7
\$\begingroup\$

Here is my attempt to implement a minimum priority queue class in Python using the heapq module. I plan to use it in graph search algorithms so the values associated with each key are update-able.

Note: Any obsolete values related to an updated key are kept until they are on the top of the queue, at which time they are ignored.

from heapq import heappush, heappop, heapify


class PriorityQueueUpdateable(object):
    """
    Updateable Priority Queue implemented with heapq module and standard python dictionary
    """
    def __init__(self):
        self._heap = []
        self._dict = dict()
        heapify(self._heap)

    def _clear_heap(self):
        """
        Removes obsolete entries from heap
        """
        value, key = self._heap[0]
        while (key not in self._dict) or (self._dict[key] != value):
            heappop(self._heap)
            if not self._heap:
                break
            value, key = self._heap[0]

    def pop(self):
        if not self:
            raise IndexError("Queue is empty")

        self._clear_heap()

        value, key = heappop(self._heap)
        del self._dict[key]

        self._clear_heap()

        return key, value

    def peek(self):
        if not self:
            raise IndexError("Queue is empty")
        self._clear_heap()
        value, key = self._heap[0]
        return key, value

    def __contains__(self, key):
        return key in self._dict

    def __getitem__(self, key):
        return self._dict[key]

    def __len__(self):
        return len(self._dict)

    def __setitem__(self, key, value):
        self._dict[key] = value
        heappush(self._heap, (value, key))

The code passes this simple test

pq = PriorityQueueUpdateable()
pq[1]= 0.1
pq[1]= 2
pq[1]= 0.2
pq[2] = 6
pq[2] = 0.1
pq[2]= 0.001
assert pq[1] == 0.2
assert pq[2] == 0.001

assert 2 in pq
assert 1 in pq

assert len(pq) == 2
assert pq.pop() == (2, 0.001)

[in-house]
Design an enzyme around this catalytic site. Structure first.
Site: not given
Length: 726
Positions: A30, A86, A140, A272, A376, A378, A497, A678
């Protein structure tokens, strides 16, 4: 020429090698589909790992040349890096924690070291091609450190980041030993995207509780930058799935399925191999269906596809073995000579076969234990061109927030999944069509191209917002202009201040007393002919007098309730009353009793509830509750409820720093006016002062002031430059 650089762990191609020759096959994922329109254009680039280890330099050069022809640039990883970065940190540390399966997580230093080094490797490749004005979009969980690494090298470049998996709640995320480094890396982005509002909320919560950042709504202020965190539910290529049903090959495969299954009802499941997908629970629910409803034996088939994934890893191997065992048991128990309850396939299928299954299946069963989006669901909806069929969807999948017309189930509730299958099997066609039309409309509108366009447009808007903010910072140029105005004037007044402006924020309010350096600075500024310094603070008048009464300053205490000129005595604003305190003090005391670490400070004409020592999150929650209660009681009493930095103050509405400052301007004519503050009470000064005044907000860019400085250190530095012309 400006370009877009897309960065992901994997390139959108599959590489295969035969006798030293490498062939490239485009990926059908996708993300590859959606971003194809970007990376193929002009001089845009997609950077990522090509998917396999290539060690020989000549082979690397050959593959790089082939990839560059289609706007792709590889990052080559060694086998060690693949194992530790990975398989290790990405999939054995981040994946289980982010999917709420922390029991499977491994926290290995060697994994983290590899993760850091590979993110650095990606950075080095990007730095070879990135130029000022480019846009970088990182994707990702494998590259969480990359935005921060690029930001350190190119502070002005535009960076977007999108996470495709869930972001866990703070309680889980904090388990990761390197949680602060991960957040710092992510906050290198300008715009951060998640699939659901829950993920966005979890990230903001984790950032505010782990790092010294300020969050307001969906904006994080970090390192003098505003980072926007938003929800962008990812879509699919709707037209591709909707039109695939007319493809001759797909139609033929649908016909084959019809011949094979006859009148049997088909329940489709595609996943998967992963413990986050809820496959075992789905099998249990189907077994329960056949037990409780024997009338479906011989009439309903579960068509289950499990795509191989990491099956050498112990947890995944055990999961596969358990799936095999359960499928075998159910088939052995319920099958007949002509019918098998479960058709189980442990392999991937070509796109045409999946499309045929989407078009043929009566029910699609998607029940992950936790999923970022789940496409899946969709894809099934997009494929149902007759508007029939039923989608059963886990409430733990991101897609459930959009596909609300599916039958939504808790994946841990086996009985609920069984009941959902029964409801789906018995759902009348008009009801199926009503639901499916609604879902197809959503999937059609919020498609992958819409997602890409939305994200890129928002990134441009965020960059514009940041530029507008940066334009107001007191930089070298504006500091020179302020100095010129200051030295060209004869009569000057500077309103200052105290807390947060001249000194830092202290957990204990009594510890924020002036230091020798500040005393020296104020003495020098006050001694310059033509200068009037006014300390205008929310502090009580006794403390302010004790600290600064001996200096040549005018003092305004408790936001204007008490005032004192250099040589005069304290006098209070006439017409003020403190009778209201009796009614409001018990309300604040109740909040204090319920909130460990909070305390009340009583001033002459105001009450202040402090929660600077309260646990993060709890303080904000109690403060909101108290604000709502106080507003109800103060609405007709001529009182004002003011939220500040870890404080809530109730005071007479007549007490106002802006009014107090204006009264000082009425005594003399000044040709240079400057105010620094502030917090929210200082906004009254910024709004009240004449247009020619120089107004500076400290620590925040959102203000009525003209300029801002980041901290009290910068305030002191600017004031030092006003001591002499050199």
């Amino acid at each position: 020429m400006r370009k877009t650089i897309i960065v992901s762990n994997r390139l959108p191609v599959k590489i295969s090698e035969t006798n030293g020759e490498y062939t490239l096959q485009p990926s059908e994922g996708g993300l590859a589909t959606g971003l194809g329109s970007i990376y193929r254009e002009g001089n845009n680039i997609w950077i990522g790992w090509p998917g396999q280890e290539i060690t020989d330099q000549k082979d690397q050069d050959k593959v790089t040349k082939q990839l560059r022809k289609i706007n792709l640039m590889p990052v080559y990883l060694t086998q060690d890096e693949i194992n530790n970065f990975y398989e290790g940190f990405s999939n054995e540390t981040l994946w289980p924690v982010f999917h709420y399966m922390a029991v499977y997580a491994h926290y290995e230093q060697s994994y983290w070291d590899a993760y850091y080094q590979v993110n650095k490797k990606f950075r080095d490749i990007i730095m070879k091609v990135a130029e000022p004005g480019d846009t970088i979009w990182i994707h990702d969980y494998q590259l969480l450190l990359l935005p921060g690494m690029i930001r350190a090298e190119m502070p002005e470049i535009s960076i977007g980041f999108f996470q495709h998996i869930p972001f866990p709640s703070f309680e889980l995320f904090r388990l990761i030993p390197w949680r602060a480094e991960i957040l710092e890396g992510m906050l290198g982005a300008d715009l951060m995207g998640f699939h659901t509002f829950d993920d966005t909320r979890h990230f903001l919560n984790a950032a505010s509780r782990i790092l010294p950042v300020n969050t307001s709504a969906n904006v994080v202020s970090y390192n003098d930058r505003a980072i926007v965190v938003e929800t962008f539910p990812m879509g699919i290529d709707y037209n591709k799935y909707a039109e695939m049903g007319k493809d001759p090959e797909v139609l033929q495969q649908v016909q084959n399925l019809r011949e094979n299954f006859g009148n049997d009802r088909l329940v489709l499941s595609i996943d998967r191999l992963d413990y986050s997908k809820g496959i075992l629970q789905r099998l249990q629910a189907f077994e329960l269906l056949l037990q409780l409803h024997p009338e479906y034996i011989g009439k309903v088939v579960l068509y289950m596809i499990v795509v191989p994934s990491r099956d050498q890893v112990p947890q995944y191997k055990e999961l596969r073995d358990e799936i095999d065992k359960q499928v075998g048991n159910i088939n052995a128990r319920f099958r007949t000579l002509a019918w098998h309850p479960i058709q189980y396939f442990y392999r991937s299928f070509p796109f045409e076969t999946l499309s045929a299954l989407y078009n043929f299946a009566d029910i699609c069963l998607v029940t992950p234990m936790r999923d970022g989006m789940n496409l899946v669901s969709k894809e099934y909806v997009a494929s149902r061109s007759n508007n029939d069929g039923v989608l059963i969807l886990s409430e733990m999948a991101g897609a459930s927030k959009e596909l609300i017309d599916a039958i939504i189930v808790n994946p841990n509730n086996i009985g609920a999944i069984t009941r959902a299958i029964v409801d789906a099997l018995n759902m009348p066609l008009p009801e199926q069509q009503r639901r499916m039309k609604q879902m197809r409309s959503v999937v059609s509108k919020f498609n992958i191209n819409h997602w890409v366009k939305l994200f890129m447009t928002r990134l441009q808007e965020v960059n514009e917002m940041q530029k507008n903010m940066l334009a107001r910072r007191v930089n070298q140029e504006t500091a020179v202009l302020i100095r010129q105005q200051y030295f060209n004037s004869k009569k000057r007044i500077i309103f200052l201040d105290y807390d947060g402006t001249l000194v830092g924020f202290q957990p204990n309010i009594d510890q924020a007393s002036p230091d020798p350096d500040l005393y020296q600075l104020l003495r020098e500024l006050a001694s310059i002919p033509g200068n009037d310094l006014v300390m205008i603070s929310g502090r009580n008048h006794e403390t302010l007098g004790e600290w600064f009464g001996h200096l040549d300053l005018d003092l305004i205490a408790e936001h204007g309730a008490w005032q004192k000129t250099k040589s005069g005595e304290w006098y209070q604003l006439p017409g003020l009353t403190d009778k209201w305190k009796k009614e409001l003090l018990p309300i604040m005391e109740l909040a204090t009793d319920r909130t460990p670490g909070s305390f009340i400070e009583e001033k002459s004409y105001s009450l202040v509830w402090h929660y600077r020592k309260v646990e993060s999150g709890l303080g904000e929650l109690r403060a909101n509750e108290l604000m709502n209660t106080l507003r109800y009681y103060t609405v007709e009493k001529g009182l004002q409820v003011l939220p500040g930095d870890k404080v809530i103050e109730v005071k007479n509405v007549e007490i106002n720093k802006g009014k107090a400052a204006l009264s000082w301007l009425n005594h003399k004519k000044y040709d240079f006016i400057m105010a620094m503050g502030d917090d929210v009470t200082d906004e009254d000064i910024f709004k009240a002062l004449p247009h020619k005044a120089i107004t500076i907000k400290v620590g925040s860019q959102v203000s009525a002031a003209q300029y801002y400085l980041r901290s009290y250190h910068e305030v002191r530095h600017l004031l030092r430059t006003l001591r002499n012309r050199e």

assert pq.pop() == (1, 0.2)

I would appreciate any feedback on improving my code. Thanks.

\$\endgroup\$
6
\$\begingroup\$

1. Bug

You can't pop an item from the queue if it's the only item:

>>> q = PriorityQueueUpdateable()
>>> q[1] = 1
>>> q.pop()
Traceback (most recent call last):
  File "<stdin>", line 1, in <module>
  File "cr163560.py", line 41, in pop
    self._clear_heap()
  File "cr163560.py", line 25, in _clear_heap
    value, key = self._heap[0]
IndexError: list index out of range

The problem is in the pop method: it calls _clear_heap after popping the item (as well as before). But at this point there might be no items left in the queue. In your simple test, you add both keys to the queue multiple times, so that when you pop an item it's never the last item (because there are more items with the same key remaining in the queue).

2. Review

  1. The Python library documentation has a section "Priority Queue Implementation Notes" which gives some advice on implementing a priority queue using a heap. This is well worth reading.

  2. The docstring for the class doesn't give much of a clue as to how to use it. Docstrings should be written from the user's point of view, and shouldn't include implementation details (like "implemented with heapq module") — these are only needed by developers and so can be mentioned in comments.

  3. There are no docstrings for the __init__, pop and peek methods.

  4. It would be convenient if the __init__ method accepted an optional iterable of (key, priority) pairs. This would make it easier to create priority queues.

  5. In __init__, there's no need to call heapq.heapify — this does nothing on an empty heap.

  6. Using __setitem__ to add an item to the queue seems strange — normally one would expect a method adding something to a queue to be named something like push, append, or put. (Compare heapq.heappush, collections.deque.append, queue.Queue.put.)

  7. The second argument to __setitem__ is named value, but this is misleading — actually it's the priority of the key.

  8. Priorities work in reverse — if you want an item to have a higher priority then you have to give it a lower value (this happens because Python's heaps are min-heaps). It would probably suit more applications if priorities worked in the usual way. (You'd have to negate the priority values to make higher values mean higher priorities.)

  9. You give a test case, which is great! It would be convenient to turn this into a unit test (perhaps using the unittest module) so that it can be automatically run.

\$\endgroup\$

Your Answer

By clicking “Post Your Answer”, you agree to our terms of service, privacy policy and cookie policy

Not the answer you're looking for? Browse other questions tagged or ask your own question.